Remember that baseball not only withstood the black eye of the Black Sox, but the game soon thrived, winning over youthful hearts and minds, many before there even was a House that Ruth Built. Innocents once again put their hopes and dreams in the hands of the Babe's or DiMaggio's, and despite getting the royal treatment, the men who took the field somehow represented the city's proletariat - at least they got their clothes dirty like the average Joe. With his Eight Men Out, Sayles gets you thinking about old-time verses modern ball players. The new ball player is no longer the factory worker that needs an Upton Sinclair sticking up for him; he's an independent contractor who's out to maximize his earning potential. Sayles' Black Sox are more like Karen's description of Goodfellas; regular stiffs who aren't afraid to hustle on the side to make ends-meat for the family, but what about the modern player? Is it the pure but unbridled desire to win that causes them to play with a corked bat, or is it a lifestyle that needs keeping up with? The Reggie Jackson-era begat the Roger "the Rocket" Clemens-era (which was like the Reggie era only on steroids. No, really), and in 1988 Sayles may very well be warning us that the greed that consumed the millionaire owners is consuming today's millionaire players. Kind of makes it easy to see how "Say it ain't so Joe," can turn in into "Say it ain't Sosa."
The image looks fantastic. Presented in Anamorphic Widescreen, every color is perfectly represented, from the green of the grass to the brown dirt to the soon to be soiled white socks. The layer change escaped me, but for the most part, the transfer looks crisp and mostly artifact free.
With a new Dolby Digital soundtrack (your choice of languages, mono, or 5.1) you will feel like you're right at the park. Can you get me some Cracker Jacks?
Audio Commentary: John Sayles gives you more breakdown then he would give the cast and crew, from character motivations, to the real stories behind the scandal, and all sorts of trivia. Sayles knew studied every play of the series and did his best to realistically put it on the screen, which is why by the end of the film we really feel as if we've watched those games.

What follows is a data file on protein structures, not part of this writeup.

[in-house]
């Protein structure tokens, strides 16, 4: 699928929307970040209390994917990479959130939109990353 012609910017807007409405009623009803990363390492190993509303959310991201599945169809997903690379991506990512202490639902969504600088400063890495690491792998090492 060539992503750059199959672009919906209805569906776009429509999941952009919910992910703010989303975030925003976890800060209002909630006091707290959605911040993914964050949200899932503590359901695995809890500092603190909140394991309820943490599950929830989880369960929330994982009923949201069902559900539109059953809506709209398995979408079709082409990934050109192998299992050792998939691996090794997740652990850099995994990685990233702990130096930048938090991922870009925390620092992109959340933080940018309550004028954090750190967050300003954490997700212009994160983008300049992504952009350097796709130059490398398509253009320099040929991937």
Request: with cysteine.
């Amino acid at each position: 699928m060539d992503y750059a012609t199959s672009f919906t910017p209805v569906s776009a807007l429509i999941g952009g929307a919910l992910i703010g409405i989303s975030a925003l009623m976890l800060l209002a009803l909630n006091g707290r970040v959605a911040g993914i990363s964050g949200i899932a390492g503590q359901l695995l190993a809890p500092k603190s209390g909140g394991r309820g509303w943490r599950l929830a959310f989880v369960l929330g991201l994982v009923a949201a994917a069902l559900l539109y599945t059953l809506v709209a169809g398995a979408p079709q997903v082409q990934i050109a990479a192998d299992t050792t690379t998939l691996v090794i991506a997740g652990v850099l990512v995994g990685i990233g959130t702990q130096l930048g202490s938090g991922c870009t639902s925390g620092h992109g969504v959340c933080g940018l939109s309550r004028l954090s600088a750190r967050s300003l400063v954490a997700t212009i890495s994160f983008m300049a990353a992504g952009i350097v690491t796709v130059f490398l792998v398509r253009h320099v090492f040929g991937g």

Two Part Retrospective Documentary: Talk about extra innings? From pre-production to post-production, this documentary covers it all. John Sayles takes us through acquiring the creative property to achieving that impressive shot of Shoeless Joe's triple.
The Story Behind the Movie Featurette: Writer Eliot Asinof tells us the backdrop of his book, which originally was going to be a television drama before the MLB put the kibosh on it. We also learn that Cicotte's motivation for throwing the game really had nothing to with the 30-game bonus. Along with some other experts, John Sayles gives some historical background on Comiskey, embellishing it all with old footage and stills.
DB, THE BAT, and the 2005 WORLD SERIES: D.B. Sweeney talks about shooting nearby the Louisville Slugger factory, and how they sent over the patterns of some of the original bats, specifically, Shoeless Joe's bat - one of them so stained with tobacco juice it was affectionately dubbed, the "Black Betsy." Sweeney had two leftover bats from the set, one of which he sent to the 2005 Chicago White Sox, who made it to the World Series just in time to shake loose whatever hold 1919 had over them. Turns out the White Sox won, and saying they'd looked to the bat for inspiration, the team signed it and sent it back to Sweeney.
One of Eight Men Out's greatest achievements is that its success didn't depend on one star player, but rather a wonderful team effort. With a couple of hot rookies and a couple of journeymen, and a whole lot of heart, they may have blown the series but they still win us over. The quality picture and sound make it a joy to watch, but it's all the extras that will satisfy both your baseball and your true-crime fix. You can bet on it.
Why are our days numbered and not, say, lettered?